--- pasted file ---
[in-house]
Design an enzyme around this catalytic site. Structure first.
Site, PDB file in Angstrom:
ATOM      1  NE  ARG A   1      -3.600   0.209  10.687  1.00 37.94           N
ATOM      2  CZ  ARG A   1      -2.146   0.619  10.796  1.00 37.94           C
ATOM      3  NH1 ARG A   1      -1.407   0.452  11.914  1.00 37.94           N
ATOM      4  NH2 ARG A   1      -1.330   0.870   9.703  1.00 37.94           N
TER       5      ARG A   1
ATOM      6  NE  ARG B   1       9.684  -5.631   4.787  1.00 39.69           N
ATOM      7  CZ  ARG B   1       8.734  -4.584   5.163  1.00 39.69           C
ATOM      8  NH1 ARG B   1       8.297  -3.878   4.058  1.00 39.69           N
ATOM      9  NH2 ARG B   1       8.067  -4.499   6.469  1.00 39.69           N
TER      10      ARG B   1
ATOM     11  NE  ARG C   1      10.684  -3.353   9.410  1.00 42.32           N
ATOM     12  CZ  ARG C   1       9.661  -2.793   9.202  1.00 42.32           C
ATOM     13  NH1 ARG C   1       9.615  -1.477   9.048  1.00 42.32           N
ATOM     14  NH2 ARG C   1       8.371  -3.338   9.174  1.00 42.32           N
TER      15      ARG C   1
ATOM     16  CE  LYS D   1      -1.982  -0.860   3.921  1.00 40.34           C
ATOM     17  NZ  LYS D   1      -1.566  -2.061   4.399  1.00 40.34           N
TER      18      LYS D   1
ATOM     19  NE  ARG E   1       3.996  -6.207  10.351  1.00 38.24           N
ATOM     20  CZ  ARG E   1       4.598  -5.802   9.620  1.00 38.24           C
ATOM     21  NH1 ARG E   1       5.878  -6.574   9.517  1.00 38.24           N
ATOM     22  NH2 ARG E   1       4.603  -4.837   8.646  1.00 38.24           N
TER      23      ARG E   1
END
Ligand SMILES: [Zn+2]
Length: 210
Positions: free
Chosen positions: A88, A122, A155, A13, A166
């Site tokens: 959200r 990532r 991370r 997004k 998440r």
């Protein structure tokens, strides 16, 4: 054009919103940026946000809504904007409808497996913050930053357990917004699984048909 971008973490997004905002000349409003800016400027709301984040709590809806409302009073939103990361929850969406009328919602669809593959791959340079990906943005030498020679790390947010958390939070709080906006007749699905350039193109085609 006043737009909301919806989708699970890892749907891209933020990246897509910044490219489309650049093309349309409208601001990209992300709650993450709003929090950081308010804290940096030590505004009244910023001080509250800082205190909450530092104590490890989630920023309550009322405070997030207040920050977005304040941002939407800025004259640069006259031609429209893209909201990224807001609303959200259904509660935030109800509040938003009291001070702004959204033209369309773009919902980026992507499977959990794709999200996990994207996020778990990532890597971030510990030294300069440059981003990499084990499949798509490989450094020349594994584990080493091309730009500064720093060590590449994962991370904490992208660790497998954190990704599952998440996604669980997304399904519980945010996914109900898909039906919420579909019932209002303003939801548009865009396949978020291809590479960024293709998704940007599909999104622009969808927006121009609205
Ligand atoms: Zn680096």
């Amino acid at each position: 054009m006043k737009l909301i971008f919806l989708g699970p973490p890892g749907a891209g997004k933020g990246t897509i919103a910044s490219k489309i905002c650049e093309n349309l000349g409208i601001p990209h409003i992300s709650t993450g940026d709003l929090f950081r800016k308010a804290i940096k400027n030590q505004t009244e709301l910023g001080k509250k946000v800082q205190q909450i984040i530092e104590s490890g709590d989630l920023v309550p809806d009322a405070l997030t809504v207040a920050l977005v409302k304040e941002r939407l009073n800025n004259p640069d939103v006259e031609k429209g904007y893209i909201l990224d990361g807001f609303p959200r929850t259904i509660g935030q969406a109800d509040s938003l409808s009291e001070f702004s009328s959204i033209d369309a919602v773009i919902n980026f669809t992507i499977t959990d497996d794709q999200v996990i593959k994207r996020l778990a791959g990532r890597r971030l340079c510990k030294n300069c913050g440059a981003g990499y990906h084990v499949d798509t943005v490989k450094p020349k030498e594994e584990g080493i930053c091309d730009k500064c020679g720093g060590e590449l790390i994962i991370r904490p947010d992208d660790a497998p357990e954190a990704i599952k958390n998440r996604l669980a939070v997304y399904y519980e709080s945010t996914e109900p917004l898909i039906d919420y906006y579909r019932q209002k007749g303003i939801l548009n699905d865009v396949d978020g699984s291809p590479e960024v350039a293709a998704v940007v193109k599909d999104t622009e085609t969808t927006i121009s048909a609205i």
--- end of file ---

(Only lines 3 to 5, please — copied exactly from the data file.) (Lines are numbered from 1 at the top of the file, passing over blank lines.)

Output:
Site, PDB file in Angstrom:
ATOM      1  NE  ARG A   1      -3.600   0.209  10.687  1.00 37.94           N
ATOM      2  CZ  ARG A   1      -2.146   0.619  10.796  1.00 37.94           C